Response by Nienwen Chow: We want to make a correction here. The actin cDNA used in the study is actually an actin-bundling protein clone. A mistake was made by the commercial vender of this cDNA clone. However, it remains a fact that the hybridization intensities for some RNA transcripts with medium abundance are very low. We noted that the intensity has something to do with the sequence and the length of the cDNA used. The efficiency of amplification may also be different for different transcripts, depending on the length of the poly A tail. Other factors may also come into play here.
Table 1. The result of "RNA profiling" from nine neurons of a single control brain with five different cDNA dot-blot reverse probes. It seemed from the table that there were some neurons that had relatively higher values (e.g. cell #'s 1,6,9) and some had relatively low values (e.g. cell #'s 2,3,8), and the basic proportions of one transcript to the other was relatively constant (a1-ACT>GAPDH>cyclin D1=nestin). Is this finding consistent with previously described quantities of these transcripts in nerve cells?
Response by Nienwen Chow: In order to compare data across sasmples, one needs to normalize the values to an internal control. In this case, we did not think any cDNA could serve as a good internal control. In a recently submitted manuscript, we proposed to use the average of all measurements (cDNAs) as an internal control.
Cheetham and colleagues here introduce a new way of analyzing RNA from individual characterized neurons isolated from the human brain. The strength of the experimental technique is, firstly, that it appears to work sometimes (nothing to be taken for granted!). Secondly, it offers the chance to compare "sick" cells to cells nearby that don't appear afflicted. This has special application to diseases such as Alzheimer's, Parkinson's, Pick's, progressive supranuclear palsy, Lewy Body Disease, inclusion body myositis, and others, in which there are obvious manifestations within "sick" cells (various inclusion bodies); e.g. how does a tangle-bearing cell differ from a non-tangle-bearing cell re: mRNA transcripts? Lastly, when you have transcribed aRNA in a test-tube from a single cell, it allows for all sorts of manipulation (e.g. analysis of splicing changes) for that given cell that other techniques, such as in situ hybridization, cannot approach. This technique surely holds great promise--that is the central message of the paper.
It seems premature to discuss this technique with a deeply critical eye, because the present paper does not seem a deep demonstration of it. If the article purports to demonstrate producing RNA from isolated characterized neurons, it has yet to truly describe the quality of the RNA or fully dispel concerns of contamination between neurons. It would be nice to see the RNA produced from many cell types; from many brains; and from the brains of patients with disease. It would be nice to see a more complex description of the quality of RNA that was produced. It would be nice to have an explanation of why only six of 53 neurons produced PCR- quality RNA.
Response by Nienwen Chow: We do not feel that the method needs to be limited to cells with inclusion bodies as is implied by Dr. Nelson. Any characteristic that can be detected by immunohistochemistry may be used to select cells. Detection of cell properties of interest need not be limited to immunohistochemistry, but could encompass any method that retains the integrity of the RNA.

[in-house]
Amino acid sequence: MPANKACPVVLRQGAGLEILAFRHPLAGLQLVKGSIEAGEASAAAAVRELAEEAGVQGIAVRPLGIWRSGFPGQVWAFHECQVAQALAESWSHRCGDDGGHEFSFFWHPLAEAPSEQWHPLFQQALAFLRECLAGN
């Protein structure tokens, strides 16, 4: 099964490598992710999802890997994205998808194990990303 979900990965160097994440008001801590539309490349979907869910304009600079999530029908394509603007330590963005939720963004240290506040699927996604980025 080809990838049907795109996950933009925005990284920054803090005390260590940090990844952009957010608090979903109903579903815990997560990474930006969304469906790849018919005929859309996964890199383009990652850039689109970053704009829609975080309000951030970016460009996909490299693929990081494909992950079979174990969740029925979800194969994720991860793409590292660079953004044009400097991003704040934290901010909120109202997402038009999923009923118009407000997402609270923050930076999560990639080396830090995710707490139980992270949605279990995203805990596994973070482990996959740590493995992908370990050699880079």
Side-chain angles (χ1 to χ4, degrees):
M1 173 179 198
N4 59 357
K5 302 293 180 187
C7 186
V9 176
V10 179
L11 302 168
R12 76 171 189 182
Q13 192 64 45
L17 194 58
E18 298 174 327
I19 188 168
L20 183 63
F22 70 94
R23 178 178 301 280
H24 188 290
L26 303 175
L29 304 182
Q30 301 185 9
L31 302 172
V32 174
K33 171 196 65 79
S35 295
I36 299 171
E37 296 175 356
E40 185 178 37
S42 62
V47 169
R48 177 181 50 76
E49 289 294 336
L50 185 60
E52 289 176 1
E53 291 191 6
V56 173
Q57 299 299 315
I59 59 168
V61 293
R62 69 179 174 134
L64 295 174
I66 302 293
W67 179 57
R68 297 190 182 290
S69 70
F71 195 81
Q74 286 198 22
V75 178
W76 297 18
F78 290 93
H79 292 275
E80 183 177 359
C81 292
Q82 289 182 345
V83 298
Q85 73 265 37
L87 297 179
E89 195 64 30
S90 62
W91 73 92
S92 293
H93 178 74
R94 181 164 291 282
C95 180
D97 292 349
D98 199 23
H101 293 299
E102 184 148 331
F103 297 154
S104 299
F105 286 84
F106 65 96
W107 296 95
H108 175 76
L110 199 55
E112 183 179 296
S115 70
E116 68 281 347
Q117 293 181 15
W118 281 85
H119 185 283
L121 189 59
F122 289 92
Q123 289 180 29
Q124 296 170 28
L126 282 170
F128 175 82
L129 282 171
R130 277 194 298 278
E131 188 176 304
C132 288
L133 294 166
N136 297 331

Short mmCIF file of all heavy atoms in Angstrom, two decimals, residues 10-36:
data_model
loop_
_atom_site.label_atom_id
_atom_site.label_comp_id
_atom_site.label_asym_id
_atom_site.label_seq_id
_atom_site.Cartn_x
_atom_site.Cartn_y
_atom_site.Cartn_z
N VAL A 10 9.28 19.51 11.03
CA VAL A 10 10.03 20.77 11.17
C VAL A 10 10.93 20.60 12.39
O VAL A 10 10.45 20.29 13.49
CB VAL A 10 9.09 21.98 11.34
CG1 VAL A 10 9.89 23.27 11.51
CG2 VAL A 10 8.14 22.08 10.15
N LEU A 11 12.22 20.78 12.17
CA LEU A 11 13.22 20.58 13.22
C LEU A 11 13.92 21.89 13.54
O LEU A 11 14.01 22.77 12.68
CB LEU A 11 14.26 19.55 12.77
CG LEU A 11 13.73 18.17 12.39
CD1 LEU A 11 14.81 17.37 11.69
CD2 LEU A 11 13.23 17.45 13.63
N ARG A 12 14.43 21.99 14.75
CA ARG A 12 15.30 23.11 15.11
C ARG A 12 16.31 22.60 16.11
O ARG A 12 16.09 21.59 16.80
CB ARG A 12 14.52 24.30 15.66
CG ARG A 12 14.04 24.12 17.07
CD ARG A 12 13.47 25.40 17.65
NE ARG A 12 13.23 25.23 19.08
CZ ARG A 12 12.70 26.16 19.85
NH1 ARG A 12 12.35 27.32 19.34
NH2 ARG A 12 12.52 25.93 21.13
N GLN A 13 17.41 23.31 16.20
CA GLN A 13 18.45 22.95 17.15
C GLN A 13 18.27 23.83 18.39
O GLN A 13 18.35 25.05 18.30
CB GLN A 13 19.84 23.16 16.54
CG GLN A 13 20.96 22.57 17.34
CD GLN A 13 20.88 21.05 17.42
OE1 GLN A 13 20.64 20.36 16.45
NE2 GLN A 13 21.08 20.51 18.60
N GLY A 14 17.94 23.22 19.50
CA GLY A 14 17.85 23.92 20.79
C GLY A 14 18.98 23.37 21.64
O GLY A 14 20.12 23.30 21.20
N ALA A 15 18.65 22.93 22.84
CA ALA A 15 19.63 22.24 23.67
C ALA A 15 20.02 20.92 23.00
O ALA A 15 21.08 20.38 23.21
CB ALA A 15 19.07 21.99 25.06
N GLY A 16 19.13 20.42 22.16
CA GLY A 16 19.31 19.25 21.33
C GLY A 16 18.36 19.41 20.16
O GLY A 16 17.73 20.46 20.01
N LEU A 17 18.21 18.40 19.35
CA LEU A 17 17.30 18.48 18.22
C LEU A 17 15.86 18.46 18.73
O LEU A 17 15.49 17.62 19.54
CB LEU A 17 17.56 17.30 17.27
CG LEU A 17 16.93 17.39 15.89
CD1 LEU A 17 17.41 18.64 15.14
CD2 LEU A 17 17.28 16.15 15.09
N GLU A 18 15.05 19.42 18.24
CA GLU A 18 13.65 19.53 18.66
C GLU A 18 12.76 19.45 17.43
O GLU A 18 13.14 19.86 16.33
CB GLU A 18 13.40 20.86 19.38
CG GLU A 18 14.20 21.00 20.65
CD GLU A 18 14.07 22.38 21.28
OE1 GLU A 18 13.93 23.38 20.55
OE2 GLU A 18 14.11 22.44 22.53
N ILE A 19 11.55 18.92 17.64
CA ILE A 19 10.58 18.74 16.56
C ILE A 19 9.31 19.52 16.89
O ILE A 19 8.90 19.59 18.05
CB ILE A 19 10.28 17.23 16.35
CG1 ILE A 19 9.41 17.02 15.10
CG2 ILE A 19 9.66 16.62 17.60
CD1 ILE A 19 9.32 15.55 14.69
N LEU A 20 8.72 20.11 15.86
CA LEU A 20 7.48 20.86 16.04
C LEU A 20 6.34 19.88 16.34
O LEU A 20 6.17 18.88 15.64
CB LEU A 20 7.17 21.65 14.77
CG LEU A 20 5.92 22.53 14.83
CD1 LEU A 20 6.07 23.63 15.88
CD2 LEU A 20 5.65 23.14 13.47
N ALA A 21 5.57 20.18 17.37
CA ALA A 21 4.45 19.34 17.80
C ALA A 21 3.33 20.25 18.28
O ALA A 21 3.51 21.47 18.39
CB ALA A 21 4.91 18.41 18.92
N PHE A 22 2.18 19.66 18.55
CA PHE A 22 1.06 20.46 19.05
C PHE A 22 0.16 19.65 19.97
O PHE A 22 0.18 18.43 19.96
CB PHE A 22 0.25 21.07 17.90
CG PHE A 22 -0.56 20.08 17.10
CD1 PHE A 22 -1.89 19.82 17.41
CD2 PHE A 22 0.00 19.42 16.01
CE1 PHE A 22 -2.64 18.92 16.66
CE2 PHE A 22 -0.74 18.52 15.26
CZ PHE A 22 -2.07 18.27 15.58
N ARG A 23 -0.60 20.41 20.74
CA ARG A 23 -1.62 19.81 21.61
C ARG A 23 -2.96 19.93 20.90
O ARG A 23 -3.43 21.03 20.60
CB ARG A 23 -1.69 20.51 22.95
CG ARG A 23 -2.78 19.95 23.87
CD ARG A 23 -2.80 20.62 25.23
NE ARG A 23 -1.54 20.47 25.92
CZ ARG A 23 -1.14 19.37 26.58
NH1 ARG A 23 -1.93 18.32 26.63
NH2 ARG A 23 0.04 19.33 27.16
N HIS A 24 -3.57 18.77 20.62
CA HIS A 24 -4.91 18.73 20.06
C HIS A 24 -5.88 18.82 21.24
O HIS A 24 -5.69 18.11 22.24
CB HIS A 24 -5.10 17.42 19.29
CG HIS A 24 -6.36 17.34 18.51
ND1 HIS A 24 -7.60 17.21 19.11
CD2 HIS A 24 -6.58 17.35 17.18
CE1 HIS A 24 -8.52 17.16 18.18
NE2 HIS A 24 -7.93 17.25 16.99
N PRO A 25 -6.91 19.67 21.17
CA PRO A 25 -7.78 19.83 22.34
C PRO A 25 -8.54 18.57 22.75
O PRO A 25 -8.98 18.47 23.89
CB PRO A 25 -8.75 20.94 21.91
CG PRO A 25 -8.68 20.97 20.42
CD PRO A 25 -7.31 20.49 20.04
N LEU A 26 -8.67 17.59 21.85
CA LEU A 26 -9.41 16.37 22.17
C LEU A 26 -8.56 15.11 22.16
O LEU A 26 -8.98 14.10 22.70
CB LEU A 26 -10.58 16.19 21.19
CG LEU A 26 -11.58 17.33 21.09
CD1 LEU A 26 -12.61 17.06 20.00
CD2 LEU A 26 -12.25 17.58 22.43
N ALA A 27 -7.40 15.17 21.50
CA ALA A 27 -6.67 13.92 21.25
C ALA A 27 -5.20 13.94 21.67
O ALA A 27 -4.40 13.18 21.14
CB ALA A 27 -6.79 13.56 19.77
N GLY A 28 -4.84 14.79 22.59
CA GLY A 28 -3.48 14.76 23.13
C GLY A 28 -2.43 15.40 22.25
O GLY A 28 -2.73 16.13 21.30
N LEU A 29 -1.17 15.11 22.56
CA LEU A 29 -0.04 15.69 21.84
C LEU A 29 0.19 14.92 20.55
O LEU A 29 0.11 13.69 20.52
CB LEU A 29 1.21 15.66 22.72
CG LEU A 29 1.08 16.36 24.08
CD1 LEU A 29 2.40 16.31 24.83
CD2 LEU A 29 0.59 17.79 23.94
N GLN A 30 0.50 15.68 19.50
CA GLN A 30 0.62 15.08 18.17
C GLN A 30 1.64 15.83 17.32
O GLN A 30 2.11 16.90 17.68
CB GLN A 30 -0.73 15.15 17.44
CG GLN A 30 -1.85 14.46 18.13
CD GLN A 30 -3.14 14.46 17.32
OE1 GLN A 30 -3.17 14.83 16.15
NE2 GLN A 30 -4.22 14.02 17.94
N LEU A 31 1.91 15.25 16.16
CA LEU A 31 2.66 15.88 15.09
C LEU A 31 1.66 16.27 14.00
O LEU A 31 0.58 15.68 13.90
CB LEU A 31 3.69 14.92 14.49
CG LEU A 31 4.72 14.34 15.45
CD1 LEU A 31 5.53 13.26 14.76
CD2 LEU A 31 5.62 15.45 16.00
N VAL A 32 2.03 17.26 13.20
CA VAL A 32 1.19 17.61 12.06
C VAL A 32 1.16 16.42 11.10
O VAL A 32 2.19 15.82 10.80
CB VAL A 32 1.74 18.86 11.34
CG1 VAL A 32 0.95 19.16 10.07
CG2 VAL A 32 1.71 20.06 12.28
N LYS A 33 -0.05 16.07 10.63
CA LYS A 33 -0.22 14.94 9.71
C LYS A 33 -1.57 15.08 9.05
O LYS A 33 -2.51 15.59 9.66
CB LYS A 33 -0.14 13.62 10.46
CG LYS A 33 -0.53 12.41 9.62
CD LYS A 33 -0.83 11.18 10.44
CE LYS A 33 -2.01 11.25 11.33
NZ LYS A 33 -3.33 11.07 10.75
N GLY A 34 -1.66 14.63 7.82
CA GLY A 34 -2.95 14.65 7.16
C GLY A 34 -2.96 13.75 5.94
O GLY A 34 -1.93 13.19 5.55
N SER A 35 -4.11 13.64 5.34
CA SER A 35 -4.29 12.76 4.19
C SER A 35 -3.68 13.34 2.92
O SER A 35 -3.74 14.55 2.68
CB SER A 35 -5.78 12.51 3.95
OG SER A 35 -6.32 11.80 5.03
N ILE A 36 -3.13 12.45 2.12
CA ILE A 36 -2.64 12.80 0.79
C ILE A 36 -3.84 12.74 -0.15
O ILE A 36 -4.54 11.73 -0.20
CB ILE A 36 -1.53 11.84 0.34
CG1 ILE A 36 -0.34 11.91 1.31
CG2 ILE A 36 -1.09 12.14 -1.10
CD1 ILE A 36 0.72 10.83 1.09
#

"It would be nice to see the RNA produced from many cell types . . ."
Response by Nienwen Chow: In our ms. recently submitted we limit ourselves to one cell type, but 5 brains representing different disease states.
"It would be nice to have an explanation of why only 6 of 53 neurons produced PCR quality RNA"
Response by Nienwen Chow: This PCR was done with primers for G3PDH and now we use primers for 18s ribosomal RNA and the rate of positives is roughly 50 percent or higher. This seems to imply an issue of sensitivity of PCR rather than the quality of the RNA.
A few pitfalls of the technique come to mind:
Comment:1) RNA degradation seems inevitable. Some messages will be degraded and others won't; hence, any conclusion drawn using this technique may have systematic errors.
Response by Nienwen Chow: True. Answered in part above. In addition, comparison of "diseased" and "normal" cells from the same region of the same brain obviates this issue to some extent.
Comment:2) Let us consider the example of studying the differences between "normal" and "tangle-bearing" cells' RNAs. Let us say that a certain message is lessened in the tangle-bearing cells. Perhaps this difference would only be due to a difference in how the different cells react to postmortem artifact. Even if tangle-bearing cells have an increase in a message, that too could be due to some artifact of the technique. (Parenthetically, it should be added that an animal model of neurofibrillary changes, such as the aged sheep, could come in handy in this situation).
Response by Nienwen Chow: True. This problem also applies to in situ hybridization, immunohistochemistry, etc. Use of tangle and non-tangle neurons from aged sheep is a good suggestion, with the caveat that the mechanism giving rise to NFT in sheep may differ from that producing NFT in humans with AD.
Comment:3) Another critique of the paper is that in situ hybridization allows for quantitation of messages in cells. Dr. Coleman and colleagues have been fruitfully comparing messages from tangle- and non-tangle-bearing cells for years.
That being said, the advantages of having individual cells' RNA for comparison of pathological cells vs. normal cells, and of cells from pathological vs. normal brains, are great, and the implications probably surpass the imagination of this journal club reviewer. The work of Cheetham and colleagues is of great interest to anyone in the field and one may anticipate work of great significance being produced soon from that laboratory.
Response by Nienwen Chow: We are not sure in which way this is a critique. Studying one message at a time with in situ hybridization demonstrated to us dramatically that expression of some messages increases in NFT neurons, and decreases for other messages. It seemed to us that characterizing profiles could be accomplished more efficiently with the aRNA method than with the one message at a time of in situ hybridization. We continue to use both methods and, in fact, for selected messages confirm results by both methods. For example, our aRNA data have suggested that NF-M is unchanged in AD neurons. This was confirmed by in situ hybridization study in our lab. We attribute the previously reported decreases in NF-M expression demonstrated by Northern blots to loss of neurons.
- Isolation of Single Immunohistochemically Identified Whole Neuronal Cell Bodies from Post-Mortem Human Brain for Simultaneous Anlaysis of Multiple Gene Expression